In New Orleans, Closing the Service Gap for Troubled Students
On most days at the New Orleans Therapeutic Day Program, Monica Stevens spends hours in a state of near-constant motion.
She will walk several miles, up and down the school’s hallways, popping into classrooms to check on students, pulling kids out for one-on-one therapy, intervening to defuse tension or conflict.
“We often say that we play jazz around here. You have got to go with the flow. My day is about responding to the needs of kids in the moment.”
Monica is the clinical psychologist at the Therapeutic Day Program, which is helping to close a critical gap in services for students in New Orleans with mental health or behavior problems. I spoke with Monica and executive director Elizabeth Marcell about the program’s therapeutic approach, the students it serves and its plans for the future.
Tell me a little about why this program is so important? Where did the idea come from and how did it get started?
Monica: We’re providing a service that is rare in New Orleans – a small-group setting for children from kindergarten through eighth grade whose needs can’t be met in a regular classroom or school. The demand for mental health services within the school system is significant – yet there are no other day treatment programs for children with intense behavioral needs.
Elizabeth: The program came about because mental health practitioners and educators recognized there was a huge gap in services in our city. Children in New Orleans are four and a half times as likely as their peers nationwide to show signs of serious emotional disturbance. Sixty percent of children exhibit signs of post-traumatic stress disorder.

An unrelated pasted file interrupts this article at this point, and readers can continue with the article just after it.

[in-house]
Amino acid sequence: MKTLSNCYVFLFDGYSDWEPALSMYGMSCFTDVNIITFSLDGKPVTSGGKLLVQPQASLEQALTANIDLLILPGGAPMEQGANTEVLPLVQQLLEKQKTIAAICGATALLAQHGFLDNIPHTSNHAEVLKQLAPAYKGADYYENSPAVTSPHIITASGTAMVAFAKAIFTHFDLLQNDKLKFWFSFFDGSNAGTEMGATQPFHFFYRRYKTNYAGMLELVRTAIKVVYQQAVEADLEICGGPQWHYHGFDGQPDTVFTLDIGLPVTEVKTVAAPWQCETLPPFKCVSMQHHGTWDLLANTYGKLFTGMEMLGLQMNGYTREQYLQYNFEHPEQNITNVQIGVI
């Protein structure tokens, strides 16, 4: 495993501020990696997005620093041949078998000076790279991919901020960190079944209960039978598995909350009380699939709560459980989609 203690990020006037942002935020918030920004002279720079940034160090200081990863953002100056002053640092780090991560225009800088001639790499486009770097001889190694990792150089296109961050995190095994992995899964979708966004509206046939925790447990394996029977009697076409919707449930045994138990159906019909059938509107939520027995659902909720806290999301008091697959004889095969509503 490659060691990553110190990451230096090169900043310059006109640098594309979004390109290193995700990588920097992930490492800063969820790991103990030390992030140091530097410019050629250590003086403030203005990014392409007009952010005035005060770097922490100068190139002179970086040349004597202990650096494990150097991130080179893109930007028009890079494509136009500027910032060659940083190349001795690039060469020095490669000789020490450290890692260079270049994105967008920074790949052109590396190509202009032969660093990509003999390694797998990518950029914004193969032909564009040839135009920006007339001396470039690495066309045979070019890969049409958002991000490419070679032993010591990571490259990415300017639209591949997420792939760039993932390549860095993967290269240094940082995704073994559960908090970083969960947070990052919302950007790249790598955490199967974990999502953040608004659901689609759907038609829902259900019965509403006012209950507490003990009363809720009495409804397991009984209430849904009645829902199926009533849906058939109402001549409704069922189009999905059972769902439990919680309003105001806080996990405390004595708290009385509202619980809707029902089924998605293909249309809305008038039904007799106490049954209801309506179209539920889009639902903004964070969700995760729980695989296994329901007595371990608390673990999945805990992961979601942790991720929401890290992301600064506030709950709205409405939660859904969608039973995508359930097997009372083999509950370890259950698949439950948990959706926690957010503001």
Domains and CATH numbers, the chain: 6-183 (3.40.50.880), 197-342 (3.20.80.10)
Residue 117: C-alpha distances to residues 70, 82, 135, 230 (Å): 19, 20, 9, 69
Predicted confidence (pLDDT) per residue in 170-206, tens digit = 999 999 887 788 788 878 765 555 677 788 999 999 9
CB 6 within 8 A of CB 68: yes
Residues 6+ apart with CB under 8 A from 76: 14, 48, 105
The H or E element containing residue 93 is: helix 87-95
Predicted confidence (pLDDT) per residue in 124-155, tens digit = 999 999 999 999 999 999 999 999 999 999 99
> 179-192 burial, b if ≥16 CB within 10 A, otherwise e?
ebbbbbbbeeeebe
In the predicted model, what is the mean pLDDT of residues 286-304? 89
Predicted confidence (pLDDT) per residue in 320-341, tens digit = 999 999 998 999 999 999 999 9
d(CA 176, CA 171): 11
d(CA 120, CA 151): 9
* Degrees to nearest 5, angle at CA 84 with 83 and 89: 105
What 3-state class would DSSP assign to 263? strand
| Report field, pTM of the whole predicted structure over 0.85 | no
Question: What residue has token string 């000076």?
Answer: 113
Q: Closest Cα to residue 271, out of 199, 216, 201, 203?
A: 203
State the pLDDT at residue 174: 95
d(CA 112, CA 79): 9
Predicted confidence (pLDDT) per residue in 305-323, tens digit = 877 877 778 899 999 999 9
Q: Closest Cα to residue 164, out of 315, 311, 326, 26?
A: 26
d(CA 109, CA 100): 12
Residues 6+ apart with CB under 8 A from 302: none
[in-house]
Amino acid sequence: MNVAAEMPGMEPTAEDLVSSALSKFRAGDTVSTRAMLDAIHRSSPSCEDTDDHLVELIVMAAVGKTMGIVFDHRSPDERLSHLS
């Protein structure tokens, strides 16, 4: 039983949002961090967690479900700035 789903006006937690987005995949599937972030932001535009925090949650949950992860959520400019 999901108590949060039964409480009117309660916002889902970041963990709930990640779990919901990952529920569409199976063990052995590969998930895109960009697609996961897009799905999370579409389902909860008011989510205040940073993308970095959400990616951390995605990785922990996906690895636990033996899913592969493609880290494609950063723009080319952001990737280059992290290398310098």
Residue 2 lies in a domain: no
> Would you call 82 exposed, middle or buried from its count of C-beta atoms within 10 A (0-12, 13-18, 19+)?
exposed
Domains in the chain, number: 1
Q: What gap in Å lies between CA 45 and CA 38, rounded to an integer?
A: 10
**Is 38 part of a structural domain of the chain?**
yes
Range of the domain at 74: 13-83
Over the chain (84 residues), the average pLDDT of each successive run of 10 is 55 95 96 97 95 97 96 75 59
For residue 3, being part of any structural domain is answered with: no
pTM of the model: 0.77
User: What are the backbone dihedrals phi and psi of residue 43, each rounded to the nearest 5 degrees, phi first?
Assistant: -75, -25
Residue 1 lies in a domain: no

Tell me more about how the therapeutic day program fills the need for these services?
Monica: The program has been open since 2015 and we are currently serving about 16 students. The program is the result of a partnership of the city’s Recovery School District, the Orleans Parish School Board and the Tulane University Medical School. By providing day treatment, the program is reducing placements in out-of-town facilities or homebound settings. It’s our goal to help students advance to the point where successfully return to their regular schools.
What are the profiles of the students you are serving at the Therapeutic Day Program?
Elizabeth: All our children are diagnosed with behavioral health special educational disabilities. There’s verbal and physical aggression towards peers and adults. There’s property damage, hyperactivity, elopements, work avoidance and inability to complete work. Some students are depressed, withdrawn and engage in self-injurious behaviors. The majority have experienced at least one short-term hospitalization.
What approach do you take to address their behavioral and mental health challenges?
Monica: Most of the kids are demonstrating explosive, disruptive behavior in the school setting. If you are seeing that type of behavior, it’s really the tip of the iceberg. We’re interested in what’s underneath that tip of iceberg, which is usually a combination of mental health challenges, skill deficits, environmental factors and even sometimes biological factors.